Over the years, Morphy Auctions has handled many important pieces of Amphora and other European pottery, securing world-record prices for many forms. The June 9 session surpassed all expectations, with a 40-lot selection of exotic Amphora designs. A 29-inch-tall Eduard Stellmacher horned-dragon vase, of a type shown in the 1905 Stellmacher catalog and illustrated in the references Monsters and Maidens: Collectors Edition (Vreeland) and The House of Amphora (Scott), commanded an above-estimate $34,440. A wonderful mint-condition Paul Dachsel Amphora “Berry Bat” vase adorned with carved images of flying bats around its reticulated top breezed past its high estimate to reach $39,360.

European art glass was led by elegant Daum Nancy creations. A 5-inch by 5½-inch diameter vase in the “Rain” pattern beguiled bidders with its beautifully executed image of windblown trees against a softly frosted white-to-lavender background. With pre-sale expectations of reaching $6,000-$9,000, it rose to $14,760. A second Daum Nancy vase, which was wheel-carved with full-blown cobalt-blue daisies against a frosted martele background, sold above estimate for $12,300.

Many genres were represented in the expansive selection of American, European, Latin American, and Asian paintings, but the favorite turned out to be a classic Pennsylvania scene by Fern Isabel Coppedge (1883-1961). The only female member of the celebrated New Hope school of Pennsylvania Impressionists, Coppedge won acclaim for her appealing winter landscapes of Bucks County’s farms and villages. Morphy’s took pleasure in offering an early 20th-century Coppedge oil-on-canvas titled First Snow. The depiction of a quaint stone home and barn in Lumberville, Pa., 20½ by 19 inches (framed), passed to a new owner for $23,370.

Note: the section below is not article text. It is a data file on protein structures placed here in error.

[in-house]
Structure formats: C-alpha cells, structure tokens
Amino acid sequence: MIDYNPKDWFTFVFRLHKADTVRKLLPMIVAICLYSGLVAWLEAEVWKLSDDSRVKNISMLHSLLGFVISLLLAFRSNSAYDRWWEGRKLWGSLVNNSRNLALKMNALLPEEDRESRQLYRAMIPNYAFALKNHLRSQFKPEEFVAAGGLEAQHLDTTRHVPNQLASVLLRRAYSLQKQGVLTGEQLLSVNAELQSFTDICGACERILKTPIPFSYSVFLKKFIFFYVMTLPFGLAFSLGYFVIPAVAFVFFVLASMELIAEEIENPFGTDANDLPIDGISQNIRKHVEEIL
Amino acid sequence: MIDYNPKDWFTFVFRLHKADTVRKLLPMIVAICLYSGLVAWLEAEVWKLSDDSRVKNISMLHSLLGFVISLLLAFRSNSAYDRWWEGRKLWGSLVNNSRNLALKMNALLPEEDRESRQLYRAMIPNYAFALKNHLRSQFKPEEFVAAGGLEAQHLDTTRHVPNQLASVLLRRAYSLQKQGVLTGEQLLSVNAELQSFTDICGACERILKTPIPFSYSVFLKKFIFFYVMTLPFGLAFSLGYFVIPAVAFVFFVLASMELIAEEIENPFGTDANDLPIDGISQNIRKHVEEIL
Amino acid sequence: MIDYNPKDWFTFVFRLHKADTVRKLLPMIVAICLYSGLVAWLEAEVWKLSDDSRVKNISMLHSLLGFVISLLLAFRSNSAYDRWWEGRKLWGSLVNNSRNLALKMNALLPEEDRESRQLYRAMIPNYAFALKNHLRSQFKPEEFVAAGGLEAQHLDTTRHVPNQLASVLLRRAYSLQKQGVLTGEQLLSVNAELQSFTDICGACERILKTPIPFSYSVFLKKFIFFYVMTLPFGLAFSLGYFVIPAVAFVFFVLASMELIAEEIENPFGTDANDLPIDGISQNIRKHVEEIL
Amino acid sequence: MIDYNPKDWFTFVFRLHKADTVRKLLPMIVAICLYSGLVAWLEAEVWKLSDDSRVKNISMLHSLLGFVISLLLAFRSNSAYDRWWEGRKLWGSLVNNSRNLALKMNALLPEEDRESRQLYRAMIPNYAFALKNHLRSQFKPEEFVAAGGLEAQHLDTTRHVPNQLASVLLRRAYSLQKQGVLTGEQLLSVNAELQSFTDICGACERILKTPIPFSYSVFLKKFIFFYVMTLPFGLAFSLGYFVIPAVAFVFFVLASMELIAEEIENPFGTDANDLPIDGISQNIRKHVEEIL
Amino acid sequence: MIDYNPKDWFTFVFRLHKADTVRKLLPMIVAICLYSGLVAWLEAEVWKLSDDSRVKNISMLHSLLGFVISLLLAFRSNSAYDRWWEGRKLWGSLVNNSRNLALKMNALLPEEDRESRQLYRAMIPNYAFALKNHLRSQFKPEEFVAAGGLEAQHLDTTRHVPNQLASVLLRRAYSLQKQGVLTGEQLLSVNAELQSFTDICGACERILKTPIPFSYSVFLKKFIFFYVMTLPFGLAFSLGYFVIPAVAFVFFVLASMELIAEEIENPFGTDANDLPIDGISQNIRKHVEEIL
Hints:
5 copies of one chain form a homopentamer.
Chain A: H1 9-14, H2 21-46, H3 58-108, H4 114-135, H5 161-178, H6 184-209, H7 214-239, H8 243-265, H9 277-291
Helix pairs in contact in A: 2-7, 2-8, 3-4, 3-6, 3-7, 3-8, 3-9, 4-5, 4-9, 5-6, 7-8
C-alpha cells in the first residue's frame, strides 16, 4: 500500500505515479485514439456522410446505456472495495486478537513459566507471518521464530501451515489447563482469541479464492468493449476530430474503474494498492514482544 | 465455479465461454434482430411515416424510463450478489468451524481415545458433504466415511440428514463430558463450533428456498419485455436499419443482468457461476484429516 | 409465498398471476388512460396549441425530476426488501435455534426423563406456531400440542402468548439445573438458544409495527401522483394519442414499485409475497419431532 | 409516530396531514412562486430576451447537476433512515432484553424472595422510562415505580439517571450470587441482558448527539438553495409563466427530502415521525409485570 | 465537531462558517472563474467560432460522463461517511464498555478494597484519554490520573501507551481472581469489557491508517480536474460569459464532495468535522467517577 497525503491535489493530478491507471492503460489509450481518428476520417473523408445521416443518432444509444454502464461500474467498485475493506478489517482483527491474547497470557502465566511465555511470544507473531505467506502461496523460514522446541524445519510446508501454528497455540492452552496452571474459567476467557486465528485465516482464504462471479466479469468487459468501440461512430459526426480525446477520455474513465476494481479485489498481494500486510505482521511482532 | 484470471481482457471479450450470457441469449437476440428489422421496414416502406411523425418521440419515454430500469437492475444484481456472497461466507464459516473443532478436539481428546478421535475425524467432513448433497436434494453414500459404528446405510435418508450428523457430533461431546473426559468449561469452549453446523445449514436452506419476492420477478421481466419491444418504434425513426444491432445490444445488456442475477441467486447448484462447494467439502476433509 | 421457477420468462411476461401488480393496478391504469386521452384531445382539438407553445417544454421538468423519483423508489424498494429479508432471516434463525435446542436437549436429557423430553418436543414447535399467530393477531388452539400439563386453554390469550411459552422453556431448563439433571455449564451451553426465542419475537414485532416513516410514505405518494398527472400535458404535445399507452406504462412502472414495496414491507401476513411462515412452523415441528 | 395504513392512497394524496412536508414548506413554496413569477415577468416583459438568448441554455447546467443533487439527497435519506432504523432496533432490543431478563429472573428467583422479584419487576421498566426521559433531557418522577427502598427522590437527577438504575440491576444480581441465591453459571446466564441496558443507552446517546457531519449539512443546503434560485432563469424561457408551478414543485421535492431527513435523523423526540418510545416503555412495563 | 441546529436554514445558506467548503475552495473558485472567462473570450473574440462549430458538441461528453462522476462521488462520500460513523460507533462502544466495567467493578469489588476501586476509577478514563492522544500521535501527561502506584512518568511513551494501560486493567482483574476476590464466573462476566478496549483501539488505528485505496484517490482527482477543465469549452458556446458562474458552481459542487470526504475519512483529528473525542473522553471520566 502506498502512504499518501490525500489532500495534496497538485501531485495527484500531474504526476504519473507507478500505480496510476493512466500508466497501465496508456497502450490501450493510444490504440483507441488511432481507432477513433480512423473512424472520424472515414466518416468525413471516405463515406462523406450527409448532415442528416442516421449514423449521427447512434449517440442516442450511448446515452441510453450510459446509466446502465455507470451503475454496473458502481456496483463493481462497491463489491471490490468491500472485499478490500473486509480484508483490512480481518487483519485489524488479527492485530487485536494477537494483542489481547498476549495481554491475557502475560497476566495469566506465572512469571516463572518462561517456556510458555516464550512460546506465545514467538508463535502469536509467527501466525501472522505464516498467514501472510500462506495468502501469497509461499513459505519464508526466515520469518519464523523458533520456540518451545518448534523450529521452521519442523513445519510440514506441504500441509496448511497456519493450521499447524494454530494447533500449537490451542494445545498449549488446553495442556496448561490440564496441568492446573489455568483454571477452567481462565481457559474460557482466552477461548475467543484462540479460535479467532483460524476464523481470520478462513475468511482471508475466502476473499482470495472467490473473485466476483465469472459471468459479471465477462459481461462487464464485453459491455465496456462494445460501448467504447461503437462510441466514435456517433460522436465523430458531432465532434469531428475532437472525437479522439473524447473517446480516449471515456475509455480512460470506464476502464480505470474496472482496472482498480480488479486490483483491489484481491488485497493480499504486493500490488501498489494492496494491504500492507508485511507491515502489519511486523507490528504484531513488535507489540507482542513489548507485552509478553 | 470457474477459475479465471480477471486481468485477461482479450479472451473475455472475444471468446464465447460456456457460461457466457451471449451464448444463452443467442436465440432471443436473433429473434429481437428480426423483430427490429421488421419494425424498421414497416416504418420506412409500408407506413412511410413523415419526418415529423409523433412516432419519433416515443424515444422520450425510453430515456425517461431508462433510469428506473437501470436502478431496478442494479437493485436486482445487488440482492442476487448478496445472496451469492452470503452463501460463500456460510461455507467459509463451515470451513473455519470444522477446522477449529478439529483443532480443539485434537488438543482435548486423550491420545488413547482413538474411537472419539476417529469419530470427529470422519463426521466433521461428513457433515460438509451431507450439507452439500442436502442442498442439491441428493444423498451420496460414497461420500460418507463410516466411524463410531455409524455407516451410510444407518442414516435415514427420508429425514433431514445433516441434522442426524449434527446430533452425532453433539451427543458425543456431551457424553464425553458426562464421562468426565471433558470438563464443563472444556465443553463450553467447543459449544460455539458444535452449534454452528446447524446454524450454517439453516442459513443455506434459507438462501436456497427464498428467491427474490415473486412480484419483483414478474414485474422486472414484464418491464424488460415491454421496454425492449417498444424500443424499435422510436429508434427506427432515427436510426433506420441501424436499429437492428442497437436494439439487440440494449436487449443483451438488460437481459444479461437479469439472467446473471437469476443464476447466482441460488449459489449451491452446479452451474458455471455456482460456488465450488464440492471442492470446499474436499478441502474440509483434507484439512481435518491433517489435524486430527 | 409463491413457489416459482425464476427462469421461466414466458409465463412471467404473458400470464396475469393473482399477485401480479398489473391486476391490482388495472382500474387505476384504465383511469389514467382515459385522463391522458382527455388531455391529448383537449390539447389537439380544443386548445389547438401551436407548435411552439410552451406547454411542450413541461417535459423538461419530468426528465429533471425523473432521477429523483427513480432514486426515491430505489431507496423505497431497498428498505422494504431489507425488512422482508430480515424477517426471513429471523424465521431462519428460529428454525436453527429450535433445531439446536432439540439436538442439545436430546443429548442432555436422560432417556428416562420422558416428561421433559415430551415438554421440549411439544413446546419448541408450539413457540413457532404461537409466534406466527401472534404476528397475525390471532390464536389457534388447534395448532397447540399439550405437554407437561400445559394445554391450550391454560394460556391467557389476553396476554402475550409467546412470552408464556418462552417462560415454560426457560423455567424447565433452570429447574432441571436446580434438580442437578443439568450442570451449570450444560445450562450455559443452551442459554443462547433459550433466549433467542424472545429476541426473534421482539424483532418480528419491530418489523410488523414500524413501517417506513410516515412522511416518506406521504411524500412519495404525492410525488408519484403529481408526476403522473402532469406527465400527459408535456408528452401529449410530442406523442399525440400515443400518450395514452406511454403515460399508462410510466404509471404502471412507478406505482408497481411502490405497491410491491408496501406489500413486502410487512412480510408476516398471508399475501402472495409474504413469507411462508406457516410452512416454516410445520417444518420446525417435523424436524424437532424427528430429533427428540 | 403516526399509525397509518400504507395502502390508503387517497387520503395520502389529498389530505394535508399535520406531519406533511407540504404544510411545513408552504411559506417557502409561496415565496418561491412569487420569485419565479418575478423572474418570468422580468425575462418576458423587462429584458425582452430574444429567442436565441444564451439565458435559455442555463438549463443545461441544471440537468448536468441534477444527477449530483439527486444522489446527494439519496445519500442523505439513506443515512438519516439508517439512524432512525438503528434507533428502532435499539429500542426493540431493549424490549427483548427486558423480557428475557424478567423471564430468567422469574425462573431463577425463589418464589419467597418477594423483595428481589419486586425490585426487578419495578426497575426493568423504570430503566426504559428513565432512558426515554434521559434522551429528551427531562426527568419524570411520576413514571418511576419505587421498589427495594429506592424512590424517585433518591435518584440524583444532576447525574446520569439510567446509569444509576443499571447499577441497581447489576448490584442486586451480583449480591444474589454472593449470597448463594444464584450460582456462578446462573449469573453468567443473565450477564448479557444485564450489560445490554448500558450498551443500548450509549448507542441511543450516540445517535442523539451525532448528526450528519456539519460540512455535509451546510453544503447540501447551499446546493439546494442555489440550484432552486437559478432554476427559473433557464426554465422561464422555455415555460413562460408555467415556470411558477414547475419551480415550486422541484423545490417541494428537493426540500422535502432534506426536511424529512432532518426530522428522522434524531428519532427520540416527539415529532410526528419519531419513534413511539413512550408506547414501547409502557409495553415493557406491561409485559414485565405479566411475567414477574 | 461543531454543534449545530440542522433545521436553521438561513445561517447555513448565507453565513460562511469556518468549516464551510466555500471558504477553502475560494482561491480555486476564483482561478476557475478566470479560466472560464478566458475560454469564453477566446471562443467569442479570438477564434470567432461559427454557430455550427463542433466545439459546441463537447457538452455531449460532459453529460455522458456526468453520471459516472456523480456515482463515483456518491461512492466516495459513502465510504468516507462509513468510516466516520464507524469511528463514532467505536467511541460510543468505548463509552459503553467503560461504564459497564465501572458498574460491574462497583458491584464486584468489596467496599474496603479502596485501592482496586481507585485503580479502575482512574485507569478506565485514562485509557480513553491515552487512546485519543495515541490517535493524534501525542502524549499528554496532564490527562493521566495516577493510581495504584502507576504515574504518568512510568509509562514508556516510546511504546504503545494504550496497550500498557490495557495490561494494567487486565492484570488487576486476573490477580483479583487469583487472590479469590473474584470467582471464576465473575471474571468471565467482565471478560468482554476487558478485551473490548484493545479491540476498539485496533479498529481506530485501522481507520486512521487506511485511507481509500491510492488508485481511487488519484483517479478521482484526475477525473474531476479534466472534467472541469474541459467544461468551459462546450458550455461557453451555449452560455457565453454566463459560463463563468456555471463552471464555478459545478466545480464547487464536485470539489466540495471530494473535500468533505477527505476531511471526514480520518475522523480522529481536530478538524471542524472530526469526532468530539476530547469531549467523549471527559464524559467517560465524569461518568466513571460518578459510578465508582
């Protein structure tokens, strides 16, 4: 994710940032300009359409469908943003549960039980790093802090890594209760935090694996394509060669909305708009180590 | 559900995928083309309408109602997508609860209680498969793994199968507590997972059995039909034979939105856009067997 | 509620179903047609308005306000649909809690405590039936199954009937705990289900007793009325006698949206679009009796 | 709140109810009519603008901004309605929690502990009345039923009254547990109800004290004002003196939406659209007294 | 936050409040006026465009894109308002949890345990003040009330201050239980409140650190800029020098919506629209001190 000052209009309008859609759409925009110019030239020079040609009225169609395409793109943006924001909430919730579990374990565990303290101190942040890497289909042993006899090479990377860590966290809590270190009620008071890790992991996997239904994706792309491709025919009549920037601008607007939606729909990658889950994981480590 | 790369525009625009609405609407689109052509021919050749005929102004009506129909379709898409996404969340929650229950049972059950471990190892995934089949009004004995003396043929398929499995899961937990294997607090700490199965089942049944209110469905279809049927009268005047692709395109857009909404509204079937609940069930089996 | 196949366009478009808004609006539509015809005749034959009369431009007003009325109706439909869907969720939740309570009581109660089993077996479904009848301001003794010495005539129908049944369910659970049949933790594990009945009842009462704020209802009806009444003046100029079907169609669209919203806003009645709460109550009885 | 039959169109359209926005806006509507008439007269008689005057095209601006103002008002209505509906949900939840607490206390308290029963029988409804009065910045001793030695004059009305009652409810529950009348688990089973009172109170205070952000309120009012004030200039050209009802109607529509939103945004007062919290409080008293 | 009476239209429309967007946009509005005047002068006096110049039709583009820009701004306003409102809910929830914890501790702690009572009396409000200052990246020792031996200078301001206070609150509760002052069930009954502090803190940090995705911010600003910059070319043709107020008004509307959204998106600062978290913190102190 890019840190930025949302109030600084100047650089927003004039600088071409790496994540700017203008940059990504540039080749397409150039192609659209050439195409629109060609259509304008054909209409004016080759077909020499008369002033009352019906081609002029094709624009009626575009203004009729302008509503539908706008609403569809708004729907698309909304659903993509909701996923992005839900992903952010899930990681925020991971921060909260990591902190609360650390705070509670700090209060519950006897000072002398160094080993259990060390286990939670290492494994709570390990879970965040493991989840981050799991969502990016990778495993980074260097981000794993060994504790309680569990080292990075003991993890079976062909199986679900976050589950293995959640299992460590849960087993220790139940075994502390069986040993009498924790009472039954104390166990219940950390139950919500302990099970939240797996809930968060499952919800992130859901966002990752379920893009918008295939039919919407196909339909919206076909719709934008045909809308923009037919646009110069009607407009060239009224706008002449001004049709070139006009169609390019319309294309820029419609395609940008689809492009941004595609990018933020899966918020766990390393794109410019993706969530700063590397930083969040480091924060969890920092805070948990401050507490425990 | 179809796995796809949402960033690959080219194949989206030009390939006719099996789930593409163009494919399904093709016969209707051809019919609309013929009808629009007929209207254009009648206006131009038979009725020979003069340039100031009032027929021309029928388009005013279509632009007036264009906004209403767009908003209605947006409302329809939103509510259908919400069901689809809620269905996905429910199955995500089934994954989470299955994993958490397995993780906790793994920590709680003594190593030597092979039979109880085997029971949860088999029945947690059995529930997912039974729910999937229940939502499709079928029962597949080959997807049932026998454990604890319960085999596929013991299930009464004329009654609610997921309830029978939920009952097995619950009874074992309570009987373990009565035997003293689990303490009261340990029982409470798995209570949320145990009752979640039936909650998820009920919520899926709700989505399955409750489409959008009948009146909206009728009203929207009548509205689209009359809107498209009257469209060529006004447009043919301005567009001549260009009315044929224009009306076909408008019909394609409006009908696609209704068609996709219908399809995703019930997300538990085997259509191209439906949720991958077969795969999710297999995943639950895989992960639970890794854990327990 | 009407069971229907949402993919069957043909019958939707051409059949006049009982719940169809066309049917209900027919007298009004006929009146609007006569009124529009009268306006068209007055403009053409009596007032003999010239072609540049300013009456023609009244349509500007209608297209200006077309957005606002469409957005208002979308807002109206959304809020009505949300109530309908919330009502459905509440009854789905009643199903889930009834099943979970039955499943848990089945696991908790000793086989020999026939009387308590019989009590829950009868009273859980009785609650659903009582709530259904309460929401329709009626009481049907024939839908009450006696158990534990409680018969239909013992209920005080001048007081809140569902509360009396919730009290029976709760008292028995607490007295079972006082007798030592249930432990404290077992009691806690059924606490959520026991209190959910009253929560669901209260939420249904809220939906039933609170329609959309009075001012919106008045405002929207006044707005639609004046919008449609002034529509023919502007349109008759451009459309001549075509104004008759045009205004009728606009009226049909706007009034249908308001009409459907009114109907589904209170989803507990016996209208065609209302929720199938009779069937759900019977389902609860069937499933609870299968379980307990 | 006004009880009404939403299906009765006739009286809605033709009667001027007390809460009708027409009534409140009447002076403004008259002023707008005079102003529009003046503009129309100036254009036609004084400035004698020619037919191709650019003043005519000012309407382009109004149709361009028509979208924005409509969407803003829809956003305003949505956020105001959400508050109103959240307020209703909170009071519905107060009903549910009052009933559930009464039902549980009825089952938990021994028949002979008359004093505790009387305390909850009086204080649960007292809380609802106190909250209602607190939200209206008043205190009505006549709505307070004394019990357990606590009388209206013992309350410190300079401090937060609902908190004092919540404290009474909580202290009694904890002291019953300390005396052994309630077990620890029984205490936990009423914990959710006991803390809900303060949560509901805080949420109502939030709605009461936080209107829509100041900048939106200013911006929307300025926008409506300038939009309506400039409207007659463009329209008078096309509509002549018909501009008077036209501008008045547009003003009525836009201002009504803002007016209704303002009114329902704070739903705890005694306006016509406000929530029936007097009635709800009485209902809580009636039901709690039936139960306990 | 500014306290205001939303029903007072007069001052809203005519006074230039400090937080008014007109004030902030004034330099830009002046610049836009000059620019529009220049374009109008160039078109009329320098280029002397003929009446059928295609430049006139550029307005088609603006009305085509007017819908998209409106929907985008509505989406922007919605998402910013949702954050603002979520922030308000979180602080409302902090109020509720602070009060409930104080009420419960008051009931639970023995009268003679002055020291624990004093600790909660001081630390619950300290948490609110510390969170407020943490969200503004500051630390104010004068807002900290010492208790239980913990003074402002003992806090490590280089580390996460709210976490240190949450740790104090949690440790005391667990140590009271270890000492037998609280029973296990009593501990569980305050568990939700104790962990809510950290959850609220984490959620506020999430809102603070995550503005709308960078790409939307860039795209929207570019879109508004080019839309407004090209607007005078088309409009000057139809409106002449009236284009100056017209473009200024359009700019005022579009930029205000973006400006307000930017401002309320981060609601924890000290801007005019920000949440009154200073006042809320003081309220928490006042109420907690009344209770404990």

Another all-American lot was a circa-1780 Connecticut Chippendale cherry slant-lid secretary constructed in two cases, with ogee feet, a broken-arch pediment and other features typical of its era, including candle slides. The handsome New England furnishing, estimated at $5,000-$15,000, drew 44 bids before closing at $41,820.

In the world of fine jewelry, the Cartier name is magical. The legendary French brand certainly lived up to its reputation on Day 3 of the auction, in the form of a classic pair of circa-1920s signed and numbered Art Deco platinum and diamond drop earrings. In excellent to near-mint condition with a total diamond weight of approximately 4.68 carats, the Jazz Age sparklers came with their original Cartier upright display-case box. Estimated at $20,000-$30,000, the earrings commanded a stellar $98,400.

Men’s vintage watches aren’t just valued for their quality and precision; they’re also avidly collected. Among the watches worthy of mention from the June 8-10 sale are a men’s steel and 18K gold Rolex Daytona Cosmograph Chronometer Ref. 116523 with a 40mm case, which sold for $18,450; and circa-1893 Elgin 14K gold quartz hunter-case pocket watch with chain, which ended its bidding run at $18,450 against an estimate of $6,000-$12,000.